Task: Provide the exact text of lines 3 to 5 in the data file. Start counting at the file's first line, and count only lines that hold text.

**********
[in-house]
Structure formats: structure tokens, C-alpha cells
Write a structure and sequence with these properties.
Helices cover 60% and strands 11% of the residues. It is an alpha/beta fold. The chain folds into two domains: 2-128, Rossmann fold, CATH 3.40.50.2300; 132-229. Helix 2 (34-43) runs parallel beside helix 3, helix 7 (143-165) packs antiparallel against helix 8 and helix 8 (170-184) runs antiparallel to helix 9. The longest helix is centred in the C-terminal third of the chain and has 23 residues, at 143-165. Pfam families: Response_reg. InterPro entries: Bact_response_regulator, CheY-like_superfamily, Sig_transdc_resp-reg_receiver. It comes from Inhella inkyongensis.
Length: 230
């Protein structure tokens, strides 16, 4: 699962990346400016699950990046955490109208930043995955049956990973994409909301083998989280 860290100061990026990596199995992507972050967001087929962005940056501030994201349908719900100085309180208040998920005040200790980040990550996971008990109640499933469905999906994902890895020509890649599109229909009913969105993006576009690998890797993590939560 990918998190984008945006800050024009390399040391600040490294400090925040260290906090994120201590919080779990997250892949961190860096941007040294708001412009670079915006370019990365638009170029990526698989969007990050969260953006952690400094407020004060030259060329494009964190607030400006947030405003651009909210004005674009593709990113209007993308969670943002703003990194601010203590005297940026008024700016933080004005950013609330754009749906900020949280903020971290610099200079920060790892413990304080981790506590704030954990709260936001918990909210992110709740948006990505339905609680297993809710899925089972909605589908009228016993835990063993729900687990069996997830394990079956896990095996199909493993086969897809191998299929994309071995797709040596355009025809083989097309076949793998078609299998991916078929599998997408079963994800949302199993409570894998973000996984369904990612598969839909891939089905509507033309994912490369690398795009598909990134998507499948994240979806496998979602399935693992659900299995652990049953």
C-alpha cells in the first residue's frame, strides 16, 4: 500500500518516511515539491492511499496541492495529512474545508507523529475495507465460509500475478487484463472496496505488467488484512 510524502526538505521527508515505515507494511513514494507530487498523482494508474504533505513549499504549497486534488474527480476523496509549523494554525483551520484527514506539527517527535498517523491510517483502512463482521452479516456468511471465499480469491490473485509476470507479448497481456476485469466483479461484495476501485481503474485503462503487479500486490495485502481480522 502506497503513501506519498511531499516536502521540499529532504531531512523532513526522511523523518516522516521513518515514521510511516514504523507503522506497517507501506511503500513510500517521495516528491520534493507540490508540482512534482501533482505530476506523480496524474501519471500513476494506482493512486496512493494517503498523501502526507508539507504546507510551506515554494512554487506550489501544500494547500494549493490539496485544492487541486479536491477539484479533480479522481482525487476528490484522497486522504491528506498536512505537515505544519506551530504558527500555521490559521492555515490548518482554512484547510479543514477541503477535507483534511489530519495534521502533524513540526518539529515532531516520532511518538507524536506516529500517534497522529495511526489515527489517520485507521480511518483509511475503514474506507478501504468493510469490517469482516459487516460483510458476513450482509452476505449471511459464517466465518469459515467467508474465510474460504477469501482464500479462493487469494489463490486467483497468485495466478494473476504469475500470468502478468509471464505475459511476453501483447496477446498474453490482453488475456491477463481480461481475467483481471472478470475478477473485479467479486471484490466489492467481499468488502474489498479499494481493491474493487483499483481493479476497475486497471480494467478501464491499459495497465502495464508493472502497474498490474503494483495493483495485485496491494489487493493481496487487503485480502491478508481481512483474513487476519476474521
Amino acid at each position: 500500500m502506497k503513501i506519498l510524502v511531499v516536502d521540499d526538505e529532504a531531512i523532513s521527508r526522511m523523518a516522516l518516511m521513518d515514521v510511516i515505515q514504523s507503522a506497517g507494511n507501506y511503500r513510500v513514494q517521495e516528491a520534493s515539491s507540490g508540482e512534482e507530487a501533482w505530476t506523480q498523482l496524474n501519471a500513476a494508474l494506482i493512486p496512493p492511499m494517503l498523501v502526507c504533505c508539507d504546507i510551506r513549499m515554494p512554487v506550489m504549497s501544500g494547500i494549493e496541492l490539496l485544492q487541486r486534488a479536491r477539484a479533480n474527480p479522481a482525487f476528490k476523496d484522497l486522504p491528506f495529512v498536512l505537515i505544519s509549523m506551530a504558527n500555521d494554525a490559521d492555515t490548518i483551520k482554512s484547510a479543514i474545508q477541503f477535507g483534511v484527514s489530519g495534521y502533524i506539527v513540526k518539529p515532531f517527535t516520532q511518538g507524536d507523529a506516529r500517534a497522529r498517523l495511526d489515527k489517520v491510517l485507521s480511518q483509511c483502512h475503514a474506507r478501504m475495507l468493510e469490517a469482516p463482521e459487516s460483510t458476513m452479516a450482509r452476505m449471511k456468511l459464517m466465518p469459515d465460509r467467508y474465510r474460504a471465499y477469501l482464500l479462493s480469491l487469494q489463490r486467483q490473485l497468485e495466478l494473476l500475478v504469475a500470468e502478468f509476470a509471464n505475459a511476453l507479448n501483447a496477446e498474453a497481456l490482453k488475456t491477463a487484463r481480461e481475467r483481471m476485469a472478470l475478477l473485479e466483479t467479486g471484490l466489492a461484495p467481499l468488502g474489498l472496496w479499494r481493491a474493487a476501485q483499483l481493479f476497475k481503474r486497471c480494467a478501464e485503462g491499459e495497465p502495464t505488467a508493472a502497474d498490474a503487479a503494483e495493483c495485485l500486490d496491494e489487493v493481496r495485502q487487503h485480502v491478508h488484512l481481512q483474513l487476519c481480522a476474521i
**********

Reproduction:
Write a structure and sequence with these properties.
Helices cover 60% and strands 11% of the residues. It is an alpha/beta fold. The chain folds into two domains: 2-128, Rossmann fold, CATH 3.40.50.2300; 132-229. Helix 2 (34-43) runs parallel beside helix 3, helix 7 (143-165) packs antiparallel against helix 8 and helix 8 (170-184) runs antiparallel to helix 9. The longest helix is centred in the C-terminal third of the chain and has 23 residues, at 143-165. Pfam families: Response_reg. InterPro entries: Bact_response_regulator, CheY-like_superfamily, Sig_transdc_resp-reg_receiver. It comes from Inhella inkyongensis.
Length: 230